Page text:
Barcodes - AM Labels Support Barcodes - AM Labels Support


What is the difference between 1D and 2D barcodes?
Barcodes come in two main types or symbologies

  • One dimensional barcodes (1D or linear)
  • Two dimensional barcodes (2D).

1D / Linear Barcodes

These barcodes consist of lines (commonly called bars) and spaces

barcode 1

Code 128

barcode 2

EAN 13

Code 128 and EAN 13 are two of the most common 1D barcodes. As can be seen from these examples, 1D barcodes typically contain a part number, product code or patient number etc. When a barcode is read and input into a computer, it is typically cross referenced to either a local or central database, where large amounts of information can be automatically retrieved for the item scanned. The database could contain information on pricing in a retail application, location and stock in manufacturing and location and keeper in an asset tracking application.

Code 128
A general purpose barcode, widely used across all industries including the public sector and government bodies and can contain letters and numbers.

EAN 13
Most widely recognised and is the type of barcode used to identify goods in shops and supermarkets by scanning it at the till or point of sale system or checkout. This barcode can only contain numbers. In order to use EAN 13 companies need to register with GS1 UK. This ensures that they are given a unique range of numbers to use on their barcodes, which will not clash with other manufacturers. This is important in avoiding confusion in pricing and stocking different products

2D Barcodes
2D barcodes will typically contain more detailed information about the item such as the full address of the recipient in the case of parcel delivery.



Datamatrix is one of the most common 2D barcodes, and is typically used in parcel delivery and healthcare. Whereas the Code 128 and EAN 13 barcodes above contain 12 and 13 characters respectively, the Datamatrix barcode contains 108 characters.

How do I barcode my products?
Barcodes can either be printed directly onto the product, onto packaging or onto a label, ticket, tag, wristband or other material which can then be applied to an item or even a person.

There are two ways of printing your own barcodes, either using a conventional office printer and A4 laser or inkjet labels, or a dedicated (thermal) label printer. Using a dedicated thermal printer is easier and more efficient than using a conventional office printer, and has a number of benefits including:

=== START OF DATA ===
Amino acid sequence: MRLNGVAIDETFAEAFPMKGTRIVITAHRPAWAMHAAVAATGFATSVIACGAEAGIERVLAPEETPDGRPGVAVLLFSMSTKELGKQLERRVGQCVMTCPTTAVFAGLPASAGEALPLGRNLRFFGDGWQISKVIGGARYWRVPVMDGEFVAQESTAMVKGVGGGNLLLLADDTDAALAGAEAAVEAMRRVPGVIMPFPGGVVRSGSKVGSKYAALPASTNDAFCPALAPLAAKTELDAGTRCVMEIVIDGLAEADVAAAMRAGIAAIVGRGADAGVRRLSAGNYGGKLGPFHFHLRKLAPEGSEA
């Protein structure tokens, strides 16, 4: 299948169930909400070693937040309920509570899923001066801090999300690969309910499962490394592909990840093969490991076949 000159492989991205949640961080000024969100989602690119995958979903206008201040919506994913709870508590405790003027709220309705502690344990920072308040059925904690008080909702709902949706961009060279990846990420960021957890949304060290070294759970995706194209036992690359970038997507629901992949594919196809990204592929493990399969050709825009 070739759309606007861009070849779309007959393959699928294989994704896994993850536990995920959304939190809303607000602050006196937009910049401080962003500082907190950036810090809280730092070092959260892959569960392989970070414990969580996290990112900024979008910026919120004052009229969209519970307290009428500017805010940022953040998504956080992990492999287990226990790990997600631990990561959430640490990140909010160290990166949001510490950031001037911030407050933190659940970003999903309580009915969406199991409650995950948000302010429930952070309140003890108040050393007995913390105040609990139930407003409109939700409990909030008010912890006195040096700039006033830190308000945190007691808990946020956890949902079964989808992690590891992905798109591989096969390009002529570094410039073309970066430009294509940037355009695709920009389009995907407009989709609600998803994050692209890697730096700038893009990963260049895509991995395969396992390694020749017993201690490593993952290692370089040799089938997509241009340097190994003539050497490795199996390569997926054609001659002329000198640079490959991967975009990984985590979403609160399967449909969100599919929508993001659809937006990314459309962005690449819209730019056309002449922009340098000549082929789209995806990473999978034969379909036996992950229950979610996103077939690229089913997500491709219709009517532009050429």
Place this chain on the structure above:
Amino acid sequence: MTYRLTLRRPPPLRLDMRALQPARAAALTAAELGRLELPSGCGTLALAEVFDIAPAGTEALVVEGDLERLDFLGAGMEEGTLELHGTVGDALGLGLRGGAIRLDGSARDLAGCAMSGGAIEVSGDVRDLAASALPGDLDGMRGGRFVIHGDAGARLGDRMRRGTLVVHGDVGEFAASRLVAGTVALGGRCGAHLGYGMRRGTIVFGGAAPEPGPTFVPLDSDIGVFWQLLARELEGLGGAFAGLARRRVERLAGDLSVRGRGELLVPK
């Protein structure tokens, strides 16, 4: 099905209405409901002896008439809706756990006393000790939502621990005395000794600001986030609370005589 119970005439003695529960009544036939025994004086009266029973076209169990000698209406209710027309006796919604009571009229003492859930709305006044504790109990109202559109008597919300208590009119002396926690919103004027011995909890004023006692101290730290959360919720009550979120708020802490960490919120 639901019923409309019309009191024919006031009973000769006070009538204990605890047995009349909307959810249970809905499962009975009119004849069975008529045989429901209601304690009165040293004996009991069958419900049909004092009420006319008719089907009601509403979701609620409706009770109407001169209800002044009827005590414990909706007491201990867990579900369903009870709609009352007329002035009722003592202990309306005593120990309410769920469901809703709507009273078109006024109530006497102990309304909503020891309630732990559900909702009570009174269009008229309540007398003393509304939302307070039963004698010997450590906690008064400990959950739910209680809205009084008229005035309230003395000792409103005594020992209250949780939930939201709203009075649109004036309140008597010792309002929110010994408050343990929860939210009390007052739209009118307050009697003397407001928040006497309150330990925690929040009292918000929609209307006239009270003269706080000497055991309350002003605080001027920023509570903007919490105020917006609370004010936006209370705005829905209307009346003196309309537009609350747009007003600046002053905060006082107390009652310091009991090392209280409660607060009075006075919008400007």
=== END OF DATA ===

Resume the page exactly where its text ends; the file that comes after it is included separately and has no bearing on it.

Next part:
• Much wider choice of label materials and adhesives so that a solution can be tailoredmade to suit your specific requirements.
  • No more paper jams. The thermal printing process does not involve heating the labels as it does with laser printers. This heating process in laser printers can cause the adhesive to leak out causing paper jams.
  • Labels are normally printed in a continuous form, either on rolls or fan folded, for ease of application.
  • Thermal label printers can be fitted with automatic cutters so that labels or tags can be cut to the desired length.
  • Greater range of shapes and sizes available off the shelf.

To find out more about different types of printer click here
For related products including barcode printers visit our online shop

What software can I use to create my barcodes?
There are a number of software olutions for designing and printing labels and documents with barcodes, including:

  • Standard Windows programs such as Word or Excel using a barcode font.
  • Dedicated label esign rograms such as Bartender.
  • Most thermal printers have built-in barcode software in the form of arcode fonts. This allows barcodes to be printed with suitable software on your PC or other devices such as LCs (Programmable Logic Controllers). If you would like more information on this method of printing arcodes, lease call the AM Labels Technical Support Team for advice on 01536 414222)

AM Labels can provide solutions for all the above options. Most thermal label printers come with a free, basic label design program which will allow you to print 1D and 2D barcodes. More advanced versions will also allow you to connect to external databases.For more information on selecting a label printer, please see our thermal printer selection guide, or call our friendly and knowledgeable sales team on 01536 414222.

For related products, including barcode and label design software, visit our online shop.

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